Tuesday, May 21, 2013

Wednesday, May 15, 2013

Essurans of Jaguan

A race of humans in my original campaign world.

The quick and dirty:
- Essurans/Essurons come from the semi-theocratic nation of Jaguan, their native tongue is Essurat.
- Skin tones and hair colors range from black to light brown, eye colors range from black to gold, though, magic users always have blue eyes.
- Essurans are famed for their prowess at sea as sailors and explorers.
- Essurans are noted for their odd economy which uses favors owed as monetized debt.
- Beautiful men and women typically veil themselves.

Tedious meta-description by an in-game sage:

From the notes of the Thrailish sage Xerex IV

Aside  from the obvious difference of their skin, the Essurons are notably different in their economic practices.

Rather than coin, value is placed directly on work, or service owed. The Myralonian Scholar Arontius famously called this system "The Whoring Commerce" in his review of the culture in 845, and while modern students must forgive his language they will no doubt find that 500 years have hardly rendered Arontius' conclusions false.

 Essuronion custom dictates that payment for any good or service is made by a good or service traded in kind. A night in an inn can be paid for by sweeping its floors or providing food or drink for the establishment or anything else the innkeeper desires.

Deceptively crude at first, this system of barter becomes infinitely more complex with the addition of slavery. Many slaves are themselves sold into bondage voluntarily in exchange for some great favor. The possible labor of slaves is owned by their master who can then freely barter with his accumulated "wealth".

Less formal means of servitude also exist where a man might pay for a meal with a writ of promise pledging a certain service or amount of goods. This writ may in turn be sold to another individual, thus transferring the original debt.

It is this web of debt that ultimately supports and sustains the larger Essuron economy.

As if to further complicate matters, all debts are periodically erased. Typically, the forgiveness of debt occurs every seven years, but is by no means guaranteed. Periods between forgivenesses of debt have been as short as three years and as long as 15. The event is always arranged by the high priestesses of the Essuron tiger God, who themselves are part of the royal family. When the time is right, the highest ranking priestess, who is said to be the most beautiful woman of all, will call a gathering of noble families and appear before them nude for one quarter of an hour.

According to folklore, this is a reenactment of the first business transaction whereby the folk hero Astor begged a woman for a vision of her beauty and was required to marry her in payment.

Upon viewing the naked high priestess, all debts owed by the nobles to the church and the throne are forgiven and likewise the nobles are required to forgive all debts owed to them and so on and so forth until all debt is forgiven and likewise, all slaves and servants released.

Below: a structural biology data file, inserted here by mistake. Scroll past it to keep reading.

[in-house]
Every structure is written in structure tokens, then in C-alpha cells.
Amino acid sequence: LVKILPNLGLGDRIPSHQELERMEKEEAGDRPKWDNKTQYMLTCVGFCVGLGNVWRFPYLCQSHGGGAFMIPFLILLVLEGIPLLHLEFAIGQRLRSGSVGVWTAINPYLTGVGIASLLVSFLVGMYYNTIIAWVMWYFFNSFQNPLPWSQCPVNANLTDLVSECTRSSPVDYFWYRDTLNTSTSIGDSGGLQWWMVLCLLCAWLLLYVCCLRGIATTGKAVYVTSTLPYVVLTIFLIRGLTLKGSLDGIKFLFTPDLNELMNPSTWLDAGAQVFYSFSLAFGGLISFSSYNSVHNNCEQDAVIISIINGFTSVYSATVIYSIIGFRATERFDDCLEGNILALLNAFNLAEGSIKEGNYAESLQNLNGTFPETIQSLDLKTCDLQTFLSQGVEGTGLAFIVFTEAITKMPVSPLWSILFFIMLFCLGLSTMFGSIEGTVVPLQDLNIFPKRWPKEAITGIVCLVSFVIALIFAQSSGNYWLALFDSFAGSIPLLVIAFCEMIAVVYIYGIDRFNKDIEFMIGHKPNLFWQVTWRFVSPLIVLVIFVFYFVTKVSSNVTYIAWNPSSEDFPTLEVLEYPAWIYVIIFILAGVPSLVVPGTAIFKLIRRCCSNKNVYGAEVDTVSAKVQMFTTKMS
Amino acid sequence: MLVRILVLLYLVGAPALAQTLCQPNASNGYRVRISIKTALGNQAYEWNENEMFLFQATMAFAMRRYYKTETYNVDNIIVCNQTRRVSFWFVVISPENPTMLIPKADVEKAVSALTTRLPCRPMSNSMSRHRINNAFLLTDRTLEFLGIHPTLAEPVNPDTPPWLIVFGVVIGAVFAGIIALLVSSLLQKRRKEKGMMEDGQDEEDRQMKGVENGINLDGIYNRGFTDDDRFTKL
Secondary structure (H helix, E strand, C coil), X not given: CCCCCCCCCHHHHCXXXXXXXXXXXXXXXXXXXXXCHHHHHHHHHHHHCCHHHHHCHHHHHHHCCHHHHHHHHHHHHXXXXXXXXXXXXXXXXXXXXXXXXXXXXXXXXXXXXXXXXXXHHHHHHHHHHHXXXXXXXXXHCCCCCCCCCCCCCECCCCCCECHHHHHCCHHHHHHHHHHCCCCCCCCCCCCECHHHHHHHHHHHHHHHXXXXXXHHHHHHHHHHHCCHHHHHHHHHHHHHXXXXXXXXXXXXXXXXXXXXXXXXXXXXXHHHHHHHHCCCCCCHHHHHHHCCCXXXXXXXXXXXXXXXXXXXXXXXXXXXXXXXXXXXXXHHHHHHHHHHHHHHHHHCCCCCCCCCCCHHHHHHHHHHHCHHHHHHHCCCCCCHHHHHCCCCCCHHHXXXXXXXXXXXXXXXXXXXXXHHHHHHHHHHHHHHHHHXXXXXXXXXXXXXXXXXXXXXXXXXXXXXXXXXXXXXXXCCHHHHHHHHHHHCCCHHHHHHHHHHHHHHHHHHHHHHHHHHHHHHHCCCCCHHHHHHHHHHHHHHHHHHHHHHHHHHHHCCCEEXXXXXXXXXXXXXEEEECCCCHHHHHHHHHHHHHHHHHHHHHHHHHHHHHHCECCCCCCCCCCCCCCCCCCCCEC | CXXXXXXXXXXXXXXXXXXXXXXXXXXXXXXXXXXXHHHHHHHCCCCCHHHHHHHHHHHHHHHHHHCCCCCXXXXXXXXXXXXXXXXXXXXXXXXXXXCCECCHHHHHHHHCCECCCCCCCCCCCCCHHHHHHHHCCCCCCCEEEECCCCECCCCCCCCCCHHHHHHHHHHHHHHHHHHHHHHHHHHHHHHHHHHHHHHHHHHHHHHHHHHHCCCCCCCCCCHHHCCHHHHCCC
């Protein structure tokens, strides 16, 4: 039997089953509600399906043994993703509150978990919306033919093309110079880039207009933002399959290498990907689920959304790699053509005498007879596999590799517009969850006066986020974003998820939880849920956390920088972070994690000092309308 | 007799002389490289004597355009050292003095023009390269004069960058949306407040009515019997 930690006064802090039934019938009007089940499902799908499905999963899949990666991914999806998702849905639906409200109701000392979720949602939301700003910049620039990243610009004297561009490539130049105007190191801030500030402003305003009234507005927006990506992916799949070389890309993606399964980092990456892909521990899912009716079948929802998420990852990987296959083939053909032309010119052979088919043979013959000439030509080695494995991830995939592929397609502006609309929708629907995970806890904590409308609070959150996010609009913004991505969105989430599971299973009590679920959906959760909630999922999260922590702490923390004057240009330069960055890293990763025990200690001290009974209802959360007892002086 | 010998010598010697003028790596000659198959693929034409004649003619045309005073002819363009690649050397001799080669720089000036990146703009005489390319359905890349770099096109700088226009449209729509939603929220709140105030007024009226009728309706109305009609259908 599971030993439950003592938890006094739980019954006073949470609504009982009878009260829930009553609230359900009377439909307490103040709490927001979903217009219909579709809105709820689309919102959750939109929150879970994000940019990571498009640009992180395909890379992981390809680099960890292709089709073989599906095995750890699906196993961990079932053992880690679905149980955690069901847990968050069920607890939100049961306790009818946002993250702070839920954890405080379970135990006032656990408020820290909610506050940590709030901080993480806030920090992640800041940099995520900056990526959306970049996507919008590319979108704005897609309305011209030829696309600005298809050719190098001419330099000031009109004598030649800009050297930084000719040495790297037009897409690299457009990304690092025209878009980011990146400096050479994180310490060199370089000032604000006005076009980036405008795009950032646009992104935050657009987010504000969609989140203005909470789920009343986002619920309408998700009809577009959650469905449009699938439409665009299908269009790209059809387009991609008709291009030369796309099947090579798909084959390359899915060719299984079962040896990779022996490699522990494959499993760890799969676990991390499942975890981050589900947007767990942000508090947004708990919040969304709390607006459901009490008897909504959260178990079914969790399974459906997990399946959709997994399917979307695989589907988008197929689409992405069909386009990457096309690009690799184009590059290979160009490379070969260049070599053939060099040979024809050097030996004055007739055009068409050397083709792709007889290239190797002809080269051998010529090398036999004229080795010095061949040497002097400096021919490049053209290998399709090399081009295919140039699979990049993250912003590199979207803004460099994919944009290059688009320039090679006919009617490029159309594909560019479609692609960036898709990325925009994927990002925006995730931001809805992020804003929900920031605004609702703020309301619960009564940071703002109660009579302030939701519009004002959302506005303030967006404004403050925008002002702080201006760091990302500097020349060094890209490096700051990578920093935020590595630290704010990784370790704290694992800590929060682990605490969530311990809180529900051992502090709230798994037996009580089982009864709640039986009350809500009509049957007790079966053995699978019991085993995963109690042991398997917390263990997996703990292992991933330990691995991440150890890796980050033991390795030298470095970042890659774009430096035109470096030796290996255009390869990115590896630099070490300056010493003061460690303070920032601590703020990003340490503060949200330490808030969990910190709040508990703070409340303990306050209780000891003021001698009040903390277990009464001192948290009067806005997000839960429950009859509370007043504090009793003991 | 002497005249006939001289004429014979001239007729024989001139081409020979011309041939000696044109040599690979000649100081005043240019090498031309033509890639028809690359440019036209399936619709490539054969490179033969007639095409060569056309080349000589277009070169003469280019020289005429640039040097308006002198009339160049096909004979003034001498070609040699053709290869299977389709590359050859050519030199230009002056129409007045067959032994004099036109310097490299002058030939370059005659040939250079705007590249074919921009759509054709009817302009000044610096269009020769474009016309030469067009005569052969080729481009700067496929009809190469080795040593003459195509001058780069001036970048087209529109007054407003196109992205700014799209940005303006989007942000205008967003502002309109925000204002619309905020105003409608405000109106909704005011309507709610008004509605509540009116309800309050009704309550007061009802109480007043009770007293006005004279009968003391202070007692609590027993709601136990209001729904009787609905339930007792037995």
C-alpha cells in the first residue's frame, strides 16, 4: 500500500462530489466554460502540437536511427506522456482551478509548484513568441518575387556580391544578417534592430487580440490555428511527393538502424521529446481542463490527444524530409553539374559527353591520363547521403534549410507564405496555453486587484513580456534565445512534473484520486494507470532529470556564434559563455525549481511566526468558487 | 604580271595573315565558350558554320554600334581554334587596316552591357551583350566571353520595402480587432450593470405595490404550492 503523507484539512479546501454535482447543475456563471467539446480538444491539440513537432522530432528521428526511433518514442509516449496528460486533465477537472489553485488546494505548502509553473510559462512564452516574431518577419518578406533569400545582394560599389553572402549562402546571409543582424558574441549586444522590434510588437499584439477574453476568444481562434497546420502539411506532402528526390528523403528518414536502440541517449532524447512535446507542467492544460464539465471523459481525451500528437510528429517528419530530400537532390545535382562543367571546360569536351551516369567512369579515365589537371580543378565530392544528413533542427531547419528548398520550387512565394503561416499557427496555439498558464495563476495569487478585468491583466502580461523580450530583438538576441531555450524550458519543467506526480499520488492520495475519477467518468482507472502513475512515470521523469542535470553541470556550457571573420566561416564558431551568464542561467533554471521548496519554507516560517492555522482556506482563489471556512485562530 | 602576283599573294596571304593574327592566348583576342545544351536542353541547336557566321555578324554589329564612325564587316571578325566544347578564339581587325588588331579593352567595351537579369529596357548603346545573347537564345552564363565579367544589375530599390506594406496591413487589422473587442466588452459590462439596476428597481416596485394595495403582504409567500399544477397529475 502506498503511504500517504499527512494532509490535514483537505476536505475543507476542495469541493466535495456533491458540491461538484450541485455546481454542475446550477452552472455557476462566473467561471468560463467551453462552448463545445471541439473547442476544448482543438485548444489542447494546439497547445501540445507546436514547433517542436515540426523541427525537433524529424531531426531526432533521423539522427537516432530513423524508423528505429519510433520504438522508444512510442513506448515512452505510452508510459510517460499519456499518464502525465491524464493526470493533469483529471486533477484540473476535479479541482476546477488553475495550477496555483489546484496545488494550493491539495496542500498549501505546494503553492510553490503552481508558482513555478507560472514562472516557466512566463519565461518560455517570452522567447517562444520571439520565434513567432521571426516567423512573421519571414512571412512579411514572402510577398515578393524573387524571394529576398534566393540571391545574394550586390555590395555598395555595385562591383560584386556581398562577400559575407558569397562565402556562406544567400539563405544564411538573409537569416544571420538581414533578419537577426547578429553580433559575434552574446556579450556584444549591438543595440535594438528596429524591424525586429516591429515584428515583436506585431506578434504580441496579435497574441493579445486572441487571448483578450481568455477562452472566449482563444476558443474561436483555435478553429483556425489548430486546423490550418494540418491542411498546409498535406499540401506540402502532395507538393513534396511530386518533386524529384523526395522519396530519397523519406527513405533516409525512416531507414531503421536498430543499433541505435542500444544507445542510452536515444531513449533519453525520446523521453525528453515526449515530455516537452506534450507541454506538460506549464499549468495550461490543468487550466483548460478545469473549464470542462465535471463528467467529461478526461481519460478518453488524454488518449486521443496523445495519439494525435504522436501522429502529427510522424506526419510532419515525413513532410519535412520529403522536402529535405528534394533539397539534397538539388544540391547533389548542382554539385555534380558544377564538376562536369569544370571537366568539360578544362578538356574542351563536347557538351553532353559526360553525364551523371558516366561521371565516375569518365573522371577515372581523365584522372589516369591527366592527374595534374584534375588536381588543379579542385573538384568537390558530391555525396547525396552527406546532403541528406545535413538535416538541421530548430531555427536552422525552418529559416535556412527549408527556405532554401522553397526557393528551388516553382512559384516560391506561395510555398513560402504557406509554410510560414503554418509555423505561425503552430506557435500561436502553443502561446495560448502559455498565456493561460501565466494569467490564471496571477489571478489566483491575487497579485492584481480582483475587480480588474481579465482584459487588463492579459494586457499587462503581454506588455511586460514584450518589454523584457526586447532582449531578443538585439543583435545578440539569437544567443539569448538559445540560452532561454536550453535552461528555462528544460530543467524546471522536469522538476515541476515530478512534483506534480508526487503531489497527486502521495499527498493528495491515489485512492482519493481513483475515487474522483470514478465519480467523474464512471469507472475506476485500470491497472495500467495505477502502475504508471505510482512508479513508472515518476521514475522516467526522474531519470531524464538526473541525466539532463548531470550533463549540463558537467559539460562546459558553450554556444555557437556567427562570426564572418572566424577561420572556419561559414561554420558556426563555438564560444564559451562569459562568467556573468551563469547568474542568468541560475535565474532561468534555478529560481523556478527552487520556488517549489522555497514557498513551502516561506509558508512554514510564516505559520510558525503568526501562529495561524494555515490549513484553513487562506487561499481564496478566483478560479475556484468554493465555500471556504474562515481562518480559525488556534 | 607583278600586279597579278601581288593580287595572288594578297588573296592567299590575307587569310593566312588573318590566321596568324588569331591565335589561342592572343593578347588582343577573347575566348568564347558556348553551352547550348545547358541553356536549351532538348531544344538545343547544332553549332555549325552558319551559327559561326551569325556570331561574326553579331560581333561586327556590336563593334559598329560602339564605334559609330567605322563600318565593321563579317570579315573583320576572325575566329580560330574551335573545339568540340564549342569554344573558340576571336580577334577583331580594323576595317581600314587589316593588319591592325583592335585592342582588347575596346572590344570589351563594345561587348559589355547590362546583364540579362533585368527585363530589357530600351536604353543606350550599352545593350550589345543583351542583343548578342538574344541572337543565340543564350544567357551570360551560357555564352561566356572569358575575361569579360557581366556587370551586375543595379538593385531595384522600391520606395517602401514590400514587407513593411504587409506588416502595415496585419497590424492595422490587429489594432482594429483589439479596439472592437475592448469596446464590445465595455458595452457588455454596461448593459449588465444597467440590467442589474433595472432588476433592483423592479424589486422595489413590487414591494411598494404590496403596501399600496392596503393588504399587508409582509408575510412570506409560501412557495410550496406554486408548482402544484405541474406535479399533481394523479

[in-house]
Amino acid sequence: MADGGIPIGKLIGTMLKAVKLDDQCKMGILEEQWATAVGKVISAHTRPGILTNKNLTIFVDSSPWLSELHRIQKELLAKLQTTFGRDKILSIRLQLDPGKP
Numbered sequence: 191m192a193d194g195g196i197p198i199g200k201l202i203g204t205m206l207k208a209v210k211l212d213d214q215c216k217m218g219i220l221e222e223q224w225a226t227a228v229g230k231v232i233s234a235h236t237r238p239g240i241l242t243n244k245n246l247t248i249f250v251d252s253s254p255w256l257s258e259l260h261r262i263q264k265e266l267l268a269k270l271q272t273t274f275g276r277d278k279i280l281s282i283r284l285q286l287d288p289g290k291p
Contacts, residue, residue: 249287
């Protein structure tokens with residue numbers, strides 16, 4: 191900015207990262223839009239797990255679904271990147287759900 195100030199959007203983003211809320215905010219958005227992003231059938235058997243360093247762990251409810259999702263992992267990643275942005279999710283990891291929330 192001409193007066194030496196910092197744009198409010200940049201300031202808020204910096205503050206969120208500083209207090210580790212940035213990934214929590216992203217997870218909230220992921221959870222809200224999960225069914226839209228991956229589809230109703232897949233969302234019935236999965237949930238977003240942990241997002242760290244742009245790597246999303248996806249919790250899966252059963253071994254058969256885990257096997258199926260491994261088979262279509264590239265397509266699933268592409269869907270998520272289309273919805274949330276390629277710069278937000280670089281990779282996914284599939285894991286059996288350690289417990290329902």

Tuesday, May 14, 2013


Did I pre-order an AD&D 2E PHB reprint today?

Did you eat my bike?


Saturday, May 11, 2013

Shit shit shit (I just felt like swearing)

BLOG, right?!

I haven't been drinking near my computer, and therefore have not blogged in a bit.

But I have played a game!

More specifically, ran one.

It could technically be called a "playtest", but I think that word is stupid.


The game is a multi-dimensional funhouse. The player characters are a hyper-sexed drug dealer from the future and an oddly prudish and demure flapper from 1920's land. She is in black and white and she sees everything in black and white, she's good with a gun, he is not. He also doesn't gender-identify, or does, but just checks the box marked "Yes to all".

At any rate, the duo blasted through the first "realm" I set them in. There was a bit with five people escaping in a two person sky-car that I think I should've made a bit harsher, but I tend to go with my gut, and my gut said that forcing the players to leave behind three NPCs would do nothing really but reinforce the idea that all NPCs should wear a red shirt.

If there had been a stronger motivation for one or both of the PC's to have been left behind.... tantalizing.

I've ran very little of the system we're playing and I'm learning much.

Firstly, it requires a light touch.

In a D&D game, to teach a player that knives are dangerous, you stab them.

In this game, you show them the knife.

There is a snap response and sharp corollary between violence and death. Ramping up the tension is something that must be feathered like a touchy throttle. I can't just throw waves of goblins at them and watch them cringe as their hit points get low.

I have to show them a really big fuck'n knife, introduce them to the man who uses it, and then let him wax poetic about how he's going to wear their tummies like a mask.